Contributed by:

Ian Cross

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CRM: Can it really be pulled off?

Contributed by Ian Cross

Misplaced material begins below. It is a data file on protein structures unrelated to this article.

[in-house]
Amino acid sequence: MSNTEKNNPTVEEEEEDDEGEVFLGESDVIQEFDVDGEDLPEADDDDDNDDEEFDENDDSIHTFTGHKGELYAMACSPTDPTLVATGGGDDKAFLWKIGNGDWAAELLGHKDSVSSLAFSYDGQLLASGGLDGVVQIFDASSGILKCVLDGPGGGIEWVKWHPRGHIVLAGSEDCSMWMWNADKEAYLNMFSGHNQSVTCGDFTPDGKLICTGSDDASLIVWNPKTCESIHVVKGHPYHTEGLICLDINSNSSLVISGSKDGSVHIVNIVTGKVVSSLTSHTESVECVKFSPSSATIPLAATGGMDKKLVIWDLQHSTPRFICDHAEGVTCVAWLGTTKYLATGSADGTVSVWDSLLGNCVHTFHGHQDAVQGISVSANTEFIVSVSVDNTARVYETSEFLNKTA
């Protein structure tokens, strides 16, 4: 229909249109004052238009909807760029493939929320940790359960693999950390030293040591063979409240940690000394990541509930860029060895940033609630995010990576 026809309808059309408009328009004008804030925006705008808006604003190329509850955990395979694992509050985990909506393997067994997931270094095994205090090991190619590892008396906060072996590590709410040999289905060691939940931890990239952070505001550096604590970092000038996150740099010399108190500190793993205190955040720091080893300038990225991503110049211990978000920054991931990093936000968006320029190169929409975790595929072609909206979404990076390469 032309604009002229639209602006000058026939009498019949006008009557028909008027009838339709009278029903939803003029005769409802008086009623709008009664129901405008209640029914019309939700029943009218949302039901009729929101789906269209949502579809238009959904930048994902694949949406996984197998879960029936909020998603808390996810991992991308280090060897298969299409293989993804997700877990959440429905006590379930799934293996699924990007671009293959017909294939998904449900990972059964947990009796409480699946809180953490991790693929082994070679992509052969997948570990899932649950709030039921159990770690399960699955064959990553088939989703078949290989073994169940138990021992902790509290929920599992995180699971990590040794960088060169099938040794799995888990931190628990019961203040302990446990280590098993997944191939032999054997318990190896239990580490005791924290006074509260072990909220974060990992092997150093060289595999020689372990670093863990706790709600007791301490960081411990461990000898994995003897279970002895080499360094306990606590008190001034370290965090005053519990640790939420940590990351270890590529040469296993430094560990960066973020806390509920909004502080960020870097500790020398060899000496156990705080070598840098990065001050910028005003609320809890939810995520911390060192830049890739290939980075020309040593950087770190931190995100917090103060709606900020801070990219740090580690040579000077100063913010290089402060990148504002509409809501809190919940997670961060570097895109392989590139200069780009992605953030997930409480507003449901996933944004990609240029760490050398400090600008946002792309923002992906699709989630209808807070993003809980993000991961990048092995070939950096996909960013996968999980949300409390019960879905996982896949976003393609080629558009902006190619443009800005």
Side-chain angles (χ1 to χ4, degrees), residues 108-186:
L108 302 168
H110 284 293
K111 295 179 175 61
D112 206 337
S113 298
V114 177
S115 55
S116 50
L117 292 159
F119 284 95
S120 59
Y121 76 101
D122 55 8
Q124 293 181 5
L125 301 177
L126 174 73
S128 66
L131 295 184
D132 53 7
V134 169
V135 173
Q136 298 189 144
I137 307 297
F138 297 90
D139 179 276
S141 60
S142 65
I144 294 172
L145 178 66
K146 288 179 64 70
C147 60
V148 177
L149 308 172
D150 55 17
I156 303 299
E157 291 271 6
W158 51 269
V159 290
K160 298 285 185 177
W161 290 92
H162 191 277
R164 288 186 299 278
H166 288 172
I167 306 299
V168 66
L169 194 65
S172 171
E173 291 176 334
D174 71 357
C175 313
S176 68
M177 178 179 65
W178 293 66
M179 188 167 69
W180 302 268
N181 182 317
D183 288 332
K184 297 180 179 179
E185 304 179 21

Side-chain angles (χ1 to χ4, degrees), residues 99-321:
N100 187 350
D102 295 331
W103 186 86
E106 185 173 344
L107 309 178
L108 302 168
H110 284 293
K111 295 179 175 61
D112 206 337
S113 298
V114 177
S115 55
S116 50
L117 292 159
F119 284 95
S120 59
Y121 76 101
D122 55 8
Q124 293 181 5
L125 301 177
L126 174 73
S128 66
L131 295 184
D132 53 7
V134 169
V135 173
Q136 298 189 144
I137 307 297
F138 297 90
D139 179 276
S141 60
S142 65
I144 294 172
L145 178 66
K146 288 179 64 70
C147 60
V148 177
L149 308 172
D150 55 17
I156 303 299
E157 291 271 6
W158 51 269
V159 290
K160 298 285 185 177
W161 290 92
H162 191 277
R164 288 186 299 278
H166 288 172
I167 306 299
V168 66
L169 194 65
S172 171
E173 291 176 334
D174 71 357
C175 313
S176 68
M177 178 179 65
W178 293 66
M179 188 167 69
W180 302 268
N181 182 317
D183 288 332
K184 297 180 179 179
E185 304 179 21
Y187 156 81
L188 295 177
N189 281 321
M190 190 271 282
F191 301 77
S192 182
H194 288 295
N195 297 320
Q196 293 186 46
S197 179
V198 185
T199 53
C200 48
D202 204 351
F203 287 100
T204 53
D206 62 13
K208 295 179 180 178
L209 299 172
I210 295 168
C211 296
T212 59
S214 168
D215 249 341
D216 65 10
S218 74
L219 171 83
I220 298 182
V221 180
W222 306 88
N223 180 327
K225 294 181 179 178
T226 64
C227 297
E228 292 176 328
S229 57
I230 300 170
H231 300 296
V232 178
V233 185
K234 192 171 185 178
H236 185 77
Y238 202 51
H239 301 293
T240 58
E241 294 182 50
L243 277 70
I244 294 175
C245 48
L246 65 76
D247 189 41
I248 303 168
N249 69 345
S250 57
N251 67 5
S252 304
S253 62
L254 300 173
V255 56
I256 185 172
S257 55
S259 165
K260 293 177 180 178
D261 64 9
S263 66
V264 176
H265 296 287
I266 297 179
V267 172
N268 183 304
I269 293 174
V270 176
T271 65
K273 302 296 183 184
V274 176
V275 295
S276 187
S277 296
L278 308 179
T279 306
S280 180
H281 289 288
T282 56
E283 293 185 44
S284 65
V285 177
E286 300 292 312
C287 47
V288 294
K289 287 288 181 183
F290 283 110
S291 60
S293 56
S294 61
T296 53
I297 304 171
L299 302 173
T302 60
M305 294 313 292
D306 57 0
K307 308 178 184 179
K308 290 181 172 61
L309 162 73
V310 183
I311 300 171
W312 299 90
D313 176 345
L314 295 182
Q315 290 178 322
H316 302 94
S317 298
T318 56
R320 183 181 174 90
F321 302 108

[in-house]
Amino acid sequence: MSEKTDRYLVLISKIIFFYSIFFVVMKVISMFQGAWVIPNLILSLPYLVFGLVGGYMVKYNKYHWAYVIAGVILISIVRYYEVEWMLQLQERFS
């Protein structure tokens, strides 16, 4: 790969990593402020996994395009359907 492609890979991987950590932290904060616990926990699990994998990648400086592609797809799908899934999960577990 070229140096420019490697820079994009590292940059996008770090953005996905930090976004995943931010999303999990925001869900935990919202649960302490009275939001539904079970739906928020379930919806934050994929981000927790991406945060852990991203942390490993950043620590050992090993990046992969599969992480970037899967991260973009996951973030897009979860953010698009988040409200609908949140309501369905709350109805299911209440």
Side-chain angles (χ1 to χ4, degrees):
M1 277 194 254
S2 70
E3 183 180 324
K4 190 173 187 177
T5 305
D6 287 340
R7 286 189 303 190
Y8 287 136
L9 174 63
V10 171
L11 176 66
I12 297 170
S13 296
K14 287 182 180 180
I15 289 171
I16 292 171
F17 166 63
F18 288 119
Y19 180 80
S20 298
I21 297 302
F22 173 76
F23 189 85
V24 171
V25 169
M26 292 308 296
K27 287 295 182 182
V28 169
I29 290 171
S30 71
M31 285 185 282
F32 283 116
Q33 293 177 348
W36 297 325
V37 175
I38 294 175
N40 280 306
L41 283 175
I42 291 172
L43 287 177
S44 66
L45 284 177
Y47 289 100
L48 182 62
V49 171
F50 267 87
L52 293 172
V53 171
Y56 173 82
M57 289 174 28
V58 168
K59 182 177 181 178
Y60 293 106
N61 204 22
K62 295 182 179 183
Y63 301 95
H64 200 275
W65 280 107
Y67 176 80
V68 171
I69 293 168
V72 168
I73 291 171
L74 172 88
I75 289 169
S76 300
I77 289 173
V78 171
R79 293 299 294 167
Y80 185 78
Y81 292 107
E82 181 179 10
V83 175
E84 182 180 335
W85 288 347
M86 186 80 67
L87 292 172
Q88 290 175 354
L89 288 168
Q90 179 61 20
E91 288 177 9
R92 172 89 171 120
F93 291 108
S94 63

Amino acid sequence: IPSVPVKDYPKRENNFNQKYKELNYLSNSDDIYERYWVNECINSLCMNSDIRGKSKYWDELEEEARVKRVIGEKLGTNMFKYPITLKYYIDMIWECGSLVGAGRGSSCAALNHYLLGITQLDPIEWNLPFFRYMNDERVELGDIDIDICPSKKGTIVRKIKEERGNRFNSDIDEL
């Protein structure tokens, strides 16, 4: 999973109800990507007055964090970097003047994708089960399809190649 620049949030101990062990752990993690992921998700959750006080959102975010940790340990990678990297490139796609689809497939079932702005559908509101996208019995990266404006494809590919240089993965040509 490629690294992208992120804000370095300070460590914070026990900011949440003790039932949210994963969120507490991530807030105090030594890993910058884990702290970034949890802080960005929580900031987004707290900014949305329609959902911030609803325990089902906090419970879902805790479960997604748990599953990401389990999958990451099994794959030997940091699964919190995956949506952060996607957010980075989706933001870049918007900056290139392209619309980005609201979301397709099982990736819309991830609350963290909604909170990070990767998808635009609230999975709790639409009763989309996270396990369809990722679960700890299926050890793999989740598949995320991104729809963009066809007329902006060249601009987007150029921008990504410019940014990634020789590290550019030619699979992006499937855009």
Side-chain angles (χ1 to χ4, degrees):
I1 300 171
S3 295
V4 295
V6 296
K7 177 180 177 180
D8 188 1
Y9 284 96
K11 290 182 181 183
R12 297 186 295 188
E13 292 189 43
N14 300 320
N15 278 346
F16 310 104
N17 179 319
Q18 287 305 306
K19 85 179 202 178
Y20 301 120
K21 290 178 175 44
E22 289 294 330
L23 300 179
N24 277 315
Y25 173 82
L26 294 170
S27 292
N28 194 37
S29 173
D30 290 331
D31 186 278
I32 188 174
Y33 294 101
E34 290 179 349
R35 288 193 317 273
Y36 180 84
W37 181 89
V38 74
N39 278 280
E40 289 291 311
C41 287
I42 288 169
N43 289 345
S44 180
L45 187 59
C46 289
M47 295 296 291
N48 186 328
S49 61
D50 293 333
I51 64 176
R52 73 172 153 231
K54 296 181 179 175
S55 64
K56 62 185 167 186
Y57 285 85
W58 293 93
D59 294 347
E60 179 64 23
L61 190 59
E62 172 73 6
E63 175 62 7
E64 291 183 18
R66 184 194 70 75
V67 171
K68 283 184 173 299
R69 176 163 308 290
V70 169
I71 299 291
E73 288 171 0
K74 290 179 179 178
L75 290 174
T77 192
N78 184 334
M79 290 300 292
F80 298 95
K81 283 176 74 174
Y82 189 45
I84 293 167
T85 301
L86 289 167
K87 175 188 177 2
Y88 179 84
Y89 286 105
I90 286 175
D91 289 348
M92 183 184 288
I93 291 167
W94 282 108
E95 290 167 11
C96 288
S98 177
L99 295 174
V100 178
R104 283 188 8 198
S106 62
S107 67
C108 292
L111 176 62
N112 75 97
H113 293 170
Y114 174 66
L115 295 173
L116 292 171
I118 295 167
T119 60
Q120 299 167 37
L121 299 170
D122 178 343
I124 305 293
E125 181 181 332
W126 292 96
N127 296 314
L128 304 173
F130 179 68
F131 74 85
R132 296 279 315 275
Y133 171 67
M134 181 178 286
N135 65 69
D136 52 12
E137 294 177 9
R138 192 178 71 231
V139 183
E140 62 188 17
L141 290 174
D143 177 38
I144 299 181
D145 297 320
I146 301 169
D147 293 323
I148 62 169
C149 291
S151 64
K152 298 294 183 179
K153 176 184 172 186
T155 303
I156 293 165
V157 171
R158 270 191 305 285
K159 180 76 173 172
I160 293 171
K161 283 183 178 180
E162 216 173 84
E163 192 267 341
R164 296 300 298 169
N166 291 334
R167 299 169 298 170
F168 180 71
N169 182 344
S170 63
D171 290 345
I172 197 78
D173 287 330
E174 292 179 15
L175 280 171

It’s official — all direct-to-consumer (DTC) ads now look the same. TV commercials have gone the way of concerned physicians depicted as animated characters who look like Pixar movie extras or the loving, older couples, who will never retire, sitting or walking on the beach. But before we hang up on DTC, customer relationship management (CRM) programs are here to save the day. CRM is not a novel concept. Grab ’em, give ’em what they want, and keep shaking them until they are loyal, lifetime customers has worked well in other industries. Think about auto manufacturers, booksellers, and adult entertainment. As far as I remember, CRM first sprung up in the business-to-business world, where it makes loads of sense: customers who need to buy products and keep buying them for the next 100 years. Reaching out and touching someone Of course, in the consumer arena there is much to be said for programs that talk to customers one-on-one and, on the surface, are driven by the participation of willing consumers. This approach is definitely better than pumping precious brand-marketing dollars into more of those embarrassing and ineffective TV commercials, although I will miss the cheering of the TV ad storyboards at the agency meetings. Most pharmaceutical company marketers agree that those dollars need to go somewhere else. So why not reach out to patients and future patients to develop a loyalty that has been sadly lacking to date? Cynics in the industry might say, “hang on a minute; we’re peddling pills not wheels.” The pharmaceutical industry is focused on telling baby boomers that they need its products (and they do), but can we, as marketers, really serve these medicines up like luxury items? Embarking on an Odyssey Consumers sign up online to build a relationship with brands because they want to — not because they need to. Yes, they’re searching for health information, but once they’ve found it are they ready to set out on an odyssey? Building relationships is rather complicated, as those of us in marketing well know. Sure, all that behavioral data we’re mining are great, but oftentimes we’ve forgotten the question by the time we get the answer. And by the time we think we understand the customer, they’ve moved on. Throw in cross-channel marketing and convergence, and it seems as if a team of Ivy League Ph.D.s is needed to pull off a successful campaign. Those formulaic TV campaigns were so much simpler. Moving CRM to the Next Level So where does that leave us? Providers of interactive CRM programs have been touting the advantages for Web eons, not to mention asking for a seat at the integration table. There is documentation that proves that a well-executed CRM program can motivate patients and increase compliance and loyalty. But, alas, if we’ve learned anything over the last few years it’s that there is no guarantee that any of these highly touted programs will be any good. Keeping it Real Consumers love video and animation on the Web. Guy Ritchie’s online movies for BMW are a perfect example. We want consumers to manage their conditions and dietary habits online, but what they really need is some help balancing their checkbooks. We need to provide consumers with the interactive tools that engage and assist them. Marketers need to remember that online CRM programs shouldn’t be more complicated to navigate than the management of a health condition. From the marketer’s perspective, they want online support tools; they want integrated data that easily link all of their marketing programs under one roof; and they want their CRM program to be different from the other guy’s. What consumers want • Video and Animation • Help With Managing Their Condition • Interactive, Easy-to-Use Tools What marketers want • Online Support Tools • Integrated Marketing Programs • A Differentiated CRM Tool Why not give CRM A chance? Satisfying the needs of both consumers and marketers is possible using CRM. As we herald in the age of CRM, convergence, and cross-channel marketing, marketers have nothing to lose, so why not give it a try? If the baby boomers end up being as excited about their drugs as their second homes or vacations, I’ll eat my words. But whatever the future holds, it’s got to be better than those TV ads. But wait a second; we’ll need one of those to promote our new CRM program. Ian Cross is CEO of I-Site, Philadelphia, a full-service Internet consulting and development firm specializing in the online marketing of pharmaceuticals and consumer products. For more information, visit PharmaVOICE welcomes comments about this article. E-mail us at

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